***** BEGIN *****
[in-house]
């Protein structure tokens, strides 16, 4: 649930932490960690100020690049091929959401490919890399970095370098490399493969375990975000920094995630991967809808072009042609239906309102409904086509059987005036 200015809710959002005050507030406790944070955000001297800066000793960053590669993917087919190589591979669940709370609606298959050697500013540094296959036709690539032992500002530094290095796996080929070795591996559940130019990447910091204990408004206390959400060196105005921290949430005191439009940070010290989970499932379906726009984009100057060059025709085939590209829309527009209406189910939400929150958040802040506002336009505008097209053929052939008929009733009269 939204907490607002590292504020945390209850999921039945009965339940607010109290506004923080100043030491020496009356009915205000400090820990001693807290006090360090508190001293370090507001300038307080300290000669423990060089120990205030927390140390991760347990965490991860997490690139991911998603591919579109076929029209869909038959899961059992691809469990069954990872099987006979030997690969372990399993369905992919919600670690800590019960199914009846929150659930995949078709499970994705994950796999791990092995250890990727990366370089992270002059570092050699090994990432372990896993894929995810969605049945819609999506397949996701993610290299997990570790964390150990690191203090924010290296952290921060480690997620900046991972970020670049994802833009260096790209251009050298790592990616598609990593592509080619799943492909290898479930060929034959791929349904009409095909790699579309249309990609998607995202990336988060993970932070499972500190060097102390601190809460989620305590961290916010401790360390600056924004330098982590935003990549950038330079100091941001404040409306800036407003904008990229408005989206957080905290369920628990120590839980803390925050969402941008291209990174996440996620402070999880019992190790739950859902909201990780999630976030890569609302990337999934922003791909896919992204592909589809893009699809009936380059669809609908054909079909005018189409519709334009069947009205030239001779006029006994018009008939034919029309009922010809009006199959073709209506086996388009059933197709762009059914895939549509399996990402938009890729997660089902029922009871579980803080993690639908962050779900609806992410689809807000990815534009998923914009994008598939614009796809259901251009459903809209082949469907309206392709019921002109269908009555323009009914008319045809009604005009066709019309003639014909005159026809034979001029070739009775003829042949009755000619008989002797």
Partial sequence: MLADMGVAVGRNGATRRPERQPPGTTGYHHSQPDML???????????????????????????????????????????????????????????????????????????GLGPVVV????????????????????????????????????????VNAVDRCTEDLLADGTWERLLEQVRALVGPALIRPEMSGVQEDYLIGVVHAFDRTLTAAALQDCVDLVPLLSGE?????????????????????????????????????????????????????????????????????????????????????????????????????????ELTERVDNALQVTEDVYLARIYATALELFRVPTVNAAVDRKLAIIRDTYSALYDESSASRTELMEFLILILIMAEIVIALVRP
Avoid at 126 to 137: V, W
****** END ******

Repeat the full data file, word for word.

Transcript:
[in-house]
């Protein structure tokens, strides 16, 4: 649930932490960690100020690049091929959401490919890399970095370098490399493969375990975000920094995630991967809808072009042609239906309102409904086509059987005036 200015809710959002005050507030406790944070955000001297800066000793960053590669993917087919190589591979669940709370609606298959050697500013540094296959036709690539032992500002530094290095796996080929070795591996559940130019990447910091204990408004206390959400060196105005921290949430005191439009940070010290989970499932379906726009984009100057060059025709085939590209829309527009209406189910939400929150958040802040506002336009505008097209053929052939008929009733009269 939204907490607002590292504020945390209850999921039945009965339940607010109290506004923080100043030491020496009356009915205000400090820990001693807290006090360090508190001293370090507001300038307080300290000669423990060089120990205030927390140390991760347990965490991860997490690139991911998603591919579109076929029209869909038959899961059992691809469990069954990872099987006979030997690969372990399993369905992919919600670690800590019960199914009846929150659930995949078709499970994705994950796999791990092995250890990727990366370089992270002059570092050699090994990432372990896993894929995810969605049945819609999506397949996701993610290299997990570790964390150990690191203090924010290296952290921060480690997620900046991972970020670049994802833009260096790209251009050298790592990616598609990593592509080619799943492909290898479930060929034959791929349904009409095909790699579309249309990609998607995202990336988060993970932070499972500190060097102390601190809460989620305590961290916010401790360390600056924004330098982590935003990549950038330079100091941001404040409306800036407003904008990229408005989206957080905290369920628990120590839980803390925050969402941008291209990174996440996620402070999880019992190790739950859902909201990780999630976030890569609302990337999934922003791909896919992204592909589809893009699809009936380059669809609908054909079909005018189409519709334009069947009205030239001779006029006994018009008939034919029309009922010809009006199959073709209506086996388009059933197709762009059914895939549509399996990402938009890729997660089902029922009871579980803080993690639908962050779900609806992410689809807000990815534009998923914009994008598939614009796809259901251009459903809209082949469907309206392709019921002109269908009555323009009914008319045809009604005009066709019309003639014909005159026809034979001029070739009775003829042949009755000619008989002797």
Partial sequence: MLADMGVAVGRNGATRRPERQPPGTTGYHHSQPDML???????????????????????????????????????????????????????????????????????????GLGPVVV????????????????????????????????????????VNAVDRCTEDLLADGTWERLLEQVRALVGPALIRPEMSGVQEDYLIGVVHAFDRTLTAAALQDCVDLVPLLSGE?????????????????????????????????????????????????????????????????????????????????????????????????????????ELTERVDNALQVTEDVYLARIYATALELFRVPTVNAAVDRKLAIIRDTYSALYDESSASRTELMEFLILILIMAEIVIALVRP
Avoid at 126 to 137: V, W